T-cell activation defect in common variable immunodeficiency: Restoration by phorbol myristate acetate (PMA) or allogeneic macrophages

Walter Fiedler, Karl W. Sykora, Karl Welte, Jonathan E. Kolitz, Charlotte Cunningham-Rundles, Karen Holloway, Glenn A. Miller, Lawrence Souza, Roland Mertelsmann

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40 Scopus citations


Common variable immunodeficiency (CVI) represents a group of familial and sporadic diseases characterized by a range of B-cell, T-cell, and macrophage defects. A defect in T-cell activation, involving reduced proliferation and IL-2 production after stimulation with OKT3 antibody, has been described previously. In the present study we found that these defects could be corrected in vitro by adding phorbol myristate acetate (PMA) to OKT3-stimulated peripheral blood mononuclear cells (PBMC) of 14 patients with CVI. PBMC of 6 out of 7 patients with CVI studied also exhibited a profound defect in IL-2 receptor expression when incubated with OKT3 antibody. IL-2 receptor expression after stimulation with PMA alone was normal, indicating that the OKT3- but not the PMA-induced pathway of IL-2 receptor expression was defective. On the RNA level, the genes for IL-2 and IL-2 receptor were expressed after stimulation with OKT3 antibody. IL-2 and IL-2 receptor gene expression were normal, indicating a possible post-transcriptional defect. To investigate whether the defect in T-cell activation was at the macrophage or the T-cell level, we prepared adherent cells and monocyte-depleted T cells (E+) from 3 patients with CVI and from normal blood donors. Incubating CVI E+ cells with normal adherent cells resulted in normal proliferation and IL-2 production in the presence of OKT3, whereas incubation of normal E+ cells with adherent cells from patients with CVI under the same conditions showed reduced IL-2 production and proliferation, suggesting the macrophage as the origin of the failure in T-cell activation in the patients with CVI studied. Inhibition by macrophage-secreted prostaglandins was excluded by failure to correct the IL-2 production and proliferation defects in the presence of indomethacin.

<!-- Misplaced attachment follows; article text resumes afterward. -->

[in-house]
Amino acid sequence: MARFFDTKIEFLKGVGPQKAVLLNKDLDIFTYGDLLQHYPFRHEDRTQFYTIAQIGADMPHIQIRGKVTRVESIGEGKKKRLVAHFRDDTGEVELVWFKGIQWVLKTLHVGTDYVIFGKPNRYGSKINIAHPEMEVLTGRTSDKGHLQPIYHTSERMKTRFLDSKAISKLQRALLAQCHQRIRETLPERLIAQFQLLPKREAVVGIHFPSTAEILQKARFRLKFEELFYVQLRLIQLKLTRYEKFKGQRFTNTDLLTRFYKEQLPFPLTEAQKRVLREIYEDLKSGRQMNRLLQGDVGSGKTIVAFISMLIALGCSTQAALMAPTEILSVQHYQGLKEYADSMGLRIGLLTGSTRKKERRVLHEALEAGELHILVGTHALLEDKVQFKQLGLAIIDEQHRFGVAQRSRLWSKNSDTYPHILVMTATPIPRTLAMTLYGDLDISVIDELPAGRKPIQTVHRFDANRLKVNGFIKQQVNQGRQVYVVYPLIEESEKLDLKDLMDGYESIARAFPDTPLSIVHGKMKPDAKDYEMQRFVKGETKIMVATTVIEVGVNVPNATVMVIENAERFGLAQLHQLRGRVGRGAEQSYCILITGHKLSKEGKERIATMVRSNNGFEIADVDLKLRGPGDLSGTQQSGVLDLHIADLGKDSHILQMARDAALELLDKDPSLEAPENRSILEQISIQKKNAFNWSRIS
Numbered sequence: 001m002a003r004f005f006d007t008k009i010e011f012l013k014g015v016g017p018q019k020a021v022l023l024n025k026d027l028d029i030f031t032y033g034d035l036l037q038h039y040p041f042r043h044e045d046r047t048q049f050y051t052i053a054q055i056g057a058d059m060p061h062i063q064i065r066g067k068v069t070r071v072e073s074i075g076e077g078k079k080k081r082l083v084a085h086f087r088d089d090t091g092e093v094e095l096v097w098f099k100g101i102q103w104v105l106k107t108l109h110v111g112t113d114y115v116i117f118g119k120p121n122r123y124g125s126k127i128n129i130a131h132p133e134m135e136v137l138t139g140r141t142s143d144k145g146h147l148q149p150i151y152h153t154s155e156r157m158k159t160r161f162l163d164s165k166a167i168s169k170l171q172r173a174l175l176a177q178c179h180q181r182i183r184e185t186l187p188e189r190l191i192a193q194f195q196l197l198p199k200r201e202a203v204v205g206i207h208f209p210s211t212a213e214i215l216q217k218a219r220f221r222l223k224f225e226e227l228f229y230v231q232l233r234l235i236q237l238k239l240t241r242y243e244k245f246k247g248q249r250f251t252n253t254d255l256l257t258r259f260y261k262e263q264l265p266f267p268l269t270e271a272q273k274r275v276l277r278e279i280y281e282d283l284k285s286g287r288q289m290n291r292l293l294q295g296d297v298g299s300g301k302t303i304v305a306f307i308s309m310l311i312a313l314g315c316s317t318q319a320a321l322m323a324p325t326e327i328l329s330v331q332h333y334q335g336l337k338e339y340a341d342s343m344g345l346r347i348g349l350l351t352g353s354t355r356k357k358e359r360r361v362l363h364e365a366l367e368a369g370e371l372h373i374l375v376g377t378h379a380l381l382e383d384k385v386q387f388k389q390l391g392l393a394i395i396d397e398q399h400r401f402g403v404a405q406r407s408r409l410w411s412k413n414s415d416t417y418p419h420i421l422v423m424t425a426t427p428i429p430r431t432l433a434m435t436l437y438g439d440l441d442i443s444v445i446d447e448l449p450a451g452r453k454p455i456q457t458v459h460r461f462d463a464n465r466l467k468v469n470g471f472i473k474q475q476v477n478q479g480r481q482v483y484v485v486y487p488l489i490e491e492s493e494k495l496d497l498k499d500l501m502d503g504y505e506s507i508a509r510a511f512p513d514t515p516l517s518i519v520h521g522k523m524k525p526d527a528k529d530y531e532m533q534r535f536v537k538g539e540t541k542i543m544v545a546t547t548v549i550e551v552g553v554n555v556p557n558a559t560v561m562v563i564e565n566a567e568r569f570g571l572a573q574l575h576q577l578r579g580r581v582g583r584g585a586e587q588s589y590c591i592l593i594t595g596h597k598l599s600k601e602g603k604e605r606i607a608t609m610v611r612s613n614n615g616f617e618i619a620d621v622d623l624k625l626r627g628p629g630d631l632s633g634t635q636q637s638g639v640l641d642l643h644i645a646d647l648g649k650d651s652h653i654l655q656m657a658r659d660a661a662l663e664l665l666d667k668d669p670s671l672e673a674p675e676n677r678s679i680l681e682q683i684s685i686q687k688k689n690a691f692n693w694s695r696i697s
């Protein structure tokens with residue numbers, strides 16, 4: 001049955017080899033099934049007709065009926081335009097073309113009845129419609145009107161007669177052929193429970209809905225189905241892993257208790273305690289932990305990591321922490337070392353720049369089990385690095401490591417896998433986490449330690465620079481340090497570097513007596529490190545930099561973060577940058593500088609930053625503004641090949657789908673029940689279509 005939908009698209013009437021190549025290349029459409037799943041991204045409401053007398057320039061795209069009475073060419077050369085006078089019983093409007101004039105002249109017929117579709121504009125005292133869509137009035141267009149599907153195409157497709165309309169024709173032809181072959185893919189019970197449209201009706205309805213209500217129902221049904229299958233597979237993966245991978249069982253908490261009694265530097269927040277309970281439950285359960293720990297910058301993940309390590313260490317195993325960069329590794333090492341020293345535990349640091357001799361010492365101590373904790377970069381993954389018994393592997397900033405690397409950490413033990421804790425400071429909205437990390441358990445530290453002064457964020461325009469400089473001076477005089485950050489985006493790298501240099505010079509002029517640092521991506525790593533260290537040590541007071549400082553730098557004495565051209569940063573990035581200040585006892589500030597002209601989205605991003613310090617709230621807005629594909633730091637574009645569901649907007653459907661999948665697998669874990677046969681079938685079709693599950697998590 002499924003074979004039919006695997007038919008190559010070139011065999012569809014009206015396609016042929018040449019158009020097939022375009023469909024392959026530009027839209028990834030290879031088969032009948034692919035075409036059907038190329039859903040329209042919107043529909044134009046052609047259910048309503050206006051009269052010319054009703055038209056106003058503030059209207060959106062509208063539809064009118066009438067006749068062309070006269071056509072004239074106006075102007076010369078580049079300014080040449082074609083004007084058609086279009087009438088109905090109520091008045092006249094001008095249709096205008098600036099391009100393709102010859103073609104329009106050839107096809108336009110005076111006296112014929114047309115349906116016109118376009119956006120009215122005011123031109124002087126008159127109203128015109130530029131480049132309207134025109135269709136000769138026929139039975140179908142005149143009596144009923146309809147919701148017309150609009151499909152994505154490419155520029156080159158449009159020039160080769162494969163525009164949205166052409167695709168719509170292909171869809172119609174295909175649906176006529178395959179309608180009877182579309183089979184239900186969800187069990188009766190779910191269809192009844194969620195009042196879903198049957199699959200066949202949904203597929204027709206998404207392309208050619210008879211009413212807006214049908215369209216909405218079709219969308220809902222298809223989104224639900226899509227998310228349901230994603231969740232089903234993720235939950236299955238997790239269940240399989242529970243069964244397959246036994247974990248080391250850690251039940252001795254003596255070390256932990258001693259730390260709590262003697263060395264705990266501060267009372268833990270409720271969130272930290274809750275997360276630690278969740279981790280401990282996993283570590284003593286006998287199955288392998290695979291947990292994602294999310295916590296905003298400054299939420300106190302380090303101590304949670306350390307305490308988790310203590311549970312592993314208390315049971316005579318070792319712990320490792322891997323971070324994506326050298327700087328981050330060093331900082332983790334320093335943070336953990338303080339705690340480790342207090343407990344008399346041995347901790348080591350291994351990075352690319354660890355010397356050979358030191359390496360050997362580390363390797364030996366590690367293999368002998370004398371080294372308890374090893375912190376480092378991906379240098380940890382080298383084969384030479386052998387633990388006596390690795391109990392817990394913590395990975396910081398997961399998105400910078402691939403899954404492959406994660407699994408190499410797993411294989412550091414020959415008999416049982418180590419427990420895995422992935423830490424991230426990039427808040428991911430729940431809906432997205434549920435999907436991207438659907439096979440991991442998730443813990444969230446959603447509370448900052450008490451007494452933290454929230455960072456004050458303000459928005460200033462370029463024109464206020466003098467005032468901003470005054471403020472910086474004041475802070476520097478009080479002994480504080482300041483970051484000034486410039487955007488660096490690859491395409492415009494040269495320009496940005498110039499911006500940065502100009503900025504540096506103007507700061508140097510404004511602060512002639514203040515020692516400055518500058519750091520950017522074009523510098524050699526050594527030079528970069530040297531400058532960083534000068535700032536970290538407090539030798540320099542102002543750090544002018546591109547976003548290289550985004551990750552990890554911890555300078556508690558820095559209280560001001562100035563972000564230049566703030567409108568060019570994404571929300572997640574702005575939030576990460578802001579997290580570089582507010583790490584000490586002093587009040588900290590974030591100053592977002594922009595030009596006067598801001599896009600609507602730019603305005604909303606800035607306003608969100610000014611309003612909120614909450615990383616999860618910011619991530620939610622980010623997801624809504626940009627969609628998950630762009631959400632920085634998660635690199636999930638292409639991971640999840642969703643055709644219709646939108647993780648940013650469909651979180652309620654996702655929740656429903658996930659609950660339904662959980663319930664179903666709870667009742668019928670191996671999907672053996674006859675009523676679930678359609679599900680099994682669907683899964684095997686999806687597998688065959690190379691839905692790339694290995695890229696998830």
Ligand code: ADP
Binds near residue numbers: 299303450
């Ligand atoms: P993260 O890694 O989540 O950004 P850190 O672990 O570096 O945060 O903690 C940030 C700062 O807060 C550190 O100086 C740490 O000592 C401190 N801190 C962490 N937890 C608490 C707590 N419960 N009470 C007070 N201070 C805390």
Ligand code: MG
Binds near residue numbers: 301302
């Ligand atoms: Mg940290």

Original languageEnglish
Pages (from-to)206-218
Number of pages13
JournalClinical Immunology and Immunopathology
Issue number2
StatePublished - Aug 1987
Externally publishedYes


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